KYIV, Ukraine — On the ninth floor of an apartment building near the local zoo, a group of friends gathered to watch a soccer game. Outside the sun set on the first day of summer in the capital city. They all checked the time. A little more than an hour remained before Ukraine kicked off against Scotland in Glasgow. The host, Ivan, laid out a spread for his friends. He iced down beer and opened takeaway fried cheese platters, chicken wings, salami and a few bottles of Wild Turkey. Ukraine needed a win tonight, and another in four days versus Wales, to qualify for the 2022 World Cup in Qatar, but nobody seemed particularly nervous.
“During war,” Ivan said, “you don’t really stress about sports.”
The guy in an easy chair down at the end of the coffee table, sipping on a local craft beer, is a soldier home on leave from the front lines in the east. His name is Volodya and before the war he worked as an IT guy. Just before the game got underway, there were moments when he seemed to disappear, his body here in his hometown but his mind back with his brothers in arms. He scrolled through his phone and looked at photos and videos from the combat. He handed over his phone to show me two dead Russian soldiers. He called his friends back at the front line. They are so close to Russia they can and do take potshots at the enemy border guards. His buddies in the trenches crowded around the phone to talk to him.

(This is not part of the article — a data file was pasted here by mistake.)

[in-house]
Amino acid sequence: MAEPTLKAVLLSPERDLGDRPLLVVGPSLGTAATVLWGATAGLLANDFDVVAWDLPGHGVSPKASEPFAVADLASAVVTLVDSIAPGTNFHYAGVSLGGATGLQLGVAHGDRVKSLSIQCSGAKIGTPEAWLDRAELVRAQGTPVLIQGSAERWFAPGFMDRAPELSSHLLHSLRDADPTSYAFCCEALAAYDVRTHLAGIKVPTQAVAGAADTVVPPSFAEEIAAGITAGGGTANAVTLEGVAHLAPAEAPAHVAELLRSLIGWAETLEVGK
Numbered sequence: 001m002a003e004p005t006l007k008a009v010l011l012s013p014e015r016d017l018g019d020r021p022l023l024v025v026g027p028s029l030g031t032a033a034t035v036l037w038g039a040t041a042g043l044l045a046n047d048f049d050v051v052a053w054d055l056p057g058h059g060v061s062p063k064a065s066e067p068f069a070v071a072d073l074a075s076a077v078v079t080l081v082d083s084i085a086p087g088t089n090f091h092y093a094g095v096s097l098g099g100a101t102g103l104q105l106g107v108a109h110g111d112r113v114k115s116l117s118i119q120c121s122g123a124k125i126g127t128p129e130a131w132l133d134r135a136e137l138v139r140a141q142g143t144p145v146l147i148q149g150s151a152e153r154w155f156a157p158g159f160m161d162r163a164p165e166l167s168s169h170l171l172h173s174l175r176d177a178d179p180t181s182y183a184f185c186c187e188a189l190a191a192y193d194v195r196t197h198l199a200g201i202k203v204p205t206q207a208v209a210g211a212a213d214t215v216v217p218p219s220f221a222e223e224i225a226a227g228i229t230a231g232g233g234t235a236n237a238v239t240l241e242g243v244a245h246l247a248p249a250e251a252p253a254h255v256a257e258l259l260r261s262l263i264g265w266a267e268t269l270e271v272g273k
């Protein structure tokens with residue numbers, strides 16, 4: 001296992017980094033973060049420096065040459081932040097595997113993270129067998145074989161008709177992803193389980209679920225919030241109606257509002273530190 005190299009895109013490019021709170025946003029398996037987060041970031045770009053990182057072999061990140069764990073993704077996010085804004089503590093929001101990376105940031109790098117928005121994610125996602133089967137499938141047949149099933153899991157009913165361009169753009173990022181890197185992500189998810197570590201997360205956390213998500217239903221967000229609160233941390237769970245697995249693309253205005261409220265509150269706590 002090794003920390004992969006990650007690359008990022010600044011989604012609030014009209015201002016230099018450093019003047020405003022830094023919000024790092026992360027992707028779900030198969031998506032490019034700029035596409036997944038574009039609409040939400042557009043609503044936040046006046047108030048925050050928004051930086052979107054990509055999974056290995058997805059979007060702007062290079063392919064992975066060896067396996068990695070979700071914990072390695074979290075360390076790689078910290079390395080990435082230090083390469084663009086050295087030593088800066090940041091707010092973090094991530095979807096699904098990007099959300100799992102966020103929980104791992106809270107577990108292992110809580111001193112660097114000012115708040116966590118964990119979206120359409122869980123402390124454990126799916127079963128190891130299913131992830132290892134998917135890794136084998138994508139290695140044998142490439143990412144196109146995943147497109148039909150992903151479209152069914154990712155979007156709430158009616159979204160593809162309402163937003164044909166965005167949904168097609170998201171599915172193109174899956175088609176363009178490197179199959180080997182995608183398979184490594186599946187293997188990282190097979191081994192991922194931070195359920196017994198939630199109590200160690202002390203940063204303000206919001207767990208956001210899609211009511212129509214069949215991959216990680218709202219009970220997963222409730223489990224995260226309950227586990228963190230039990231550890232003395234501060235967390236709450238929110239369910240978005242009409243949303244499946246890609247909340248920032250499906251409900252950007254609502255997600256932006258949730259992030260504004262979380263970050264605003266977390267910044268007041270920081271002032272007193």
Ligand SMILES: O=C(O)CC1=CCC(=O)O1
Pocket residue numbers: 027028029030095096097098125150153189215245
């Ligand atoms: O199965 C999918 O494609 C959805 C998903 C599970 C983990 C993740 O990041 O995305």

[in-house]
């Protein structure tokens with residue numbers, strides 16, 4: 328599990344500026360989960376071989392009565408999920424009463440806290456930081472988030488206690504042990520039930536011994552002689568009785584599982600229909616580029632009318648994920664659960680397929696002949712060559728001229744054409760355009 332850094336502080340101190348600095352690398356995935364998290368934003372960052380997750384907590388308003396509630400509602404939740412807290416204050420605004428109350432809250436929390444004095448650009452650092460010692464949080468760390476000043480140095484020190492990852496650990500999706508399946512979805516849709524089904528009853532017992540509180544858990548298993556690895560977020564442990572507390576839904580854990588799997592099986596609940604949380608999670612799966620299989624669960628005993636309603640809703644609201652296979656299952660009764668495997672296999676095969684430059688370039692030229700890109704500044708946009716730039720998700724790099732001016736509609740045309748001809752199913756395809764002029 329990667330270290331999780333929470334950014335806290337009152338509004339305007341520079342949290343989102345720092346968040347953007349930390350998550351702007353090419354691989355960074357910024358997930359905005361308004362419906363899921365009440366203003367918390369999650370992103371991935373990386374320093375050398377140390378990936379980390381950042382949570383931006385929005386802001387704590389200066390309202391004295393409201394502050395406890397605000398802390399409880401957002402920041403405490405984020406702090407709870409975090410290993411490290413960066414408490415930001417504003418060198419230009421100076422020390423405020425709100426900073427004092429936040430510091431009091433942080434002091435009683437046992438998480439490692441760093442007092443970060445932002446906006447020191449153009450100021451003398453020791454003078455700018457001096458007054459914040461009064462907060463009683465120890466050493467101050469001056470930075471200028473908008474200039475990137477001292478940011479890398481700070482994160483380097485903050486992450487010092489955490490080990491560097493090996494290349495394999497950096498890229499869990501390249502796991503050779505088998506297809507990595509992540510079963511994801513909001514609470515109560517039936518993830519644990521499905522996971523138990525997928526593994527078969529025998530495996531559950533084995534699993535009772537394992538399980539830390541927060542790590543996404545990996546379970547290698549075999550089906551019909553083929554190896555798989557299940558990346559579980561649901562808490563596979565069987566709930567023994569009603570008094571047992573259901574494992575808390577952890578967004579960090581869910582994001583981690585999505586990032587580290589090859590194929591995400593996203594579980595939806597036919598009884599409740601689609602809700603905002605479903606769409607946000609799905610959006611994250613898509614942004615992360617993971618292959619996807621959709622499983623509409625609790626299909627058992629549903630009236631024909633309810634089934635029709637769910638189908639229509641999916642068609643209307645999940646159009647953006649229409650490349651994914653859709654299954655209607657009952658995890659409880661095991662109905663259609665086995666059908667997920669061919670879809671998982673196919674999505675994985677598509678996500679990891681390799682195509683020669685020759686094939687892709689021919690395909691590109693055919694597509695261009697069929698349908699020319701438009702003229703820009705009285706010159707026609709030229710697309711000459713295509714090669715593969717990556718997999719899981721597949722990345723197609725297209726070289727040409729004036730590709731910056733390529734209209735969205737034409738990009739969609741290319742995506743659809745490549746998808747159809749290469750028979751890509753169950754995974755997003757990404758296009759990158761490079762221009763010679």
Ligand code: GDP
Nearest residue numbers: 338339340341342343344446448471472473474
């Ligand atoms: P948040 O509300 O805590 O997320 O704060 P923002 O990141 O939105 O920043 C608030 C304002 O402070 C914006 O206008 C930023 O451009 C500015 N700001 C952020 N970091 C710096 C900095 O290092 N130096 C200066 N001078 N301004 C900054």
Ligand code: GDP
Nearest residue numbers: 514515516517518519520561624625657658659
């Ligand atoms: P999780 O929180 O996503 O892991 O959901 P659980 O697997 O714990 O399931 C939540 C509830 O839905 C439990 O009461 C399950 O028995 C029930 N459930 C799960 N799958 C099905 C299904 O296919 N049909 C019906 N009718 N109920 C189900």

“Are you guys watching football?” he asked.
“Yes!” they said.
The soldiers cracked jokes, laughing, waiting on the game. So did the guys in the apartment. One draped a Ukrainian flag over his daughter’s pink and white dollhouse. Volodya ate a piece of beef jerky and told stories about the American military advisers who trained him. Someone opened a Corona. Two guys stepped onto the terrace to look out at the city and smoke.
Air raid sirens sounded.
Everyone in the apartment turned toward the balcony to listen to the noise — long, loud wails, stacking on top of each other, each new layer more shrill and urgent.
“Let’s pray,” Ivan said.
“I hate this sound,” my Ukrainian interpreter said quietly.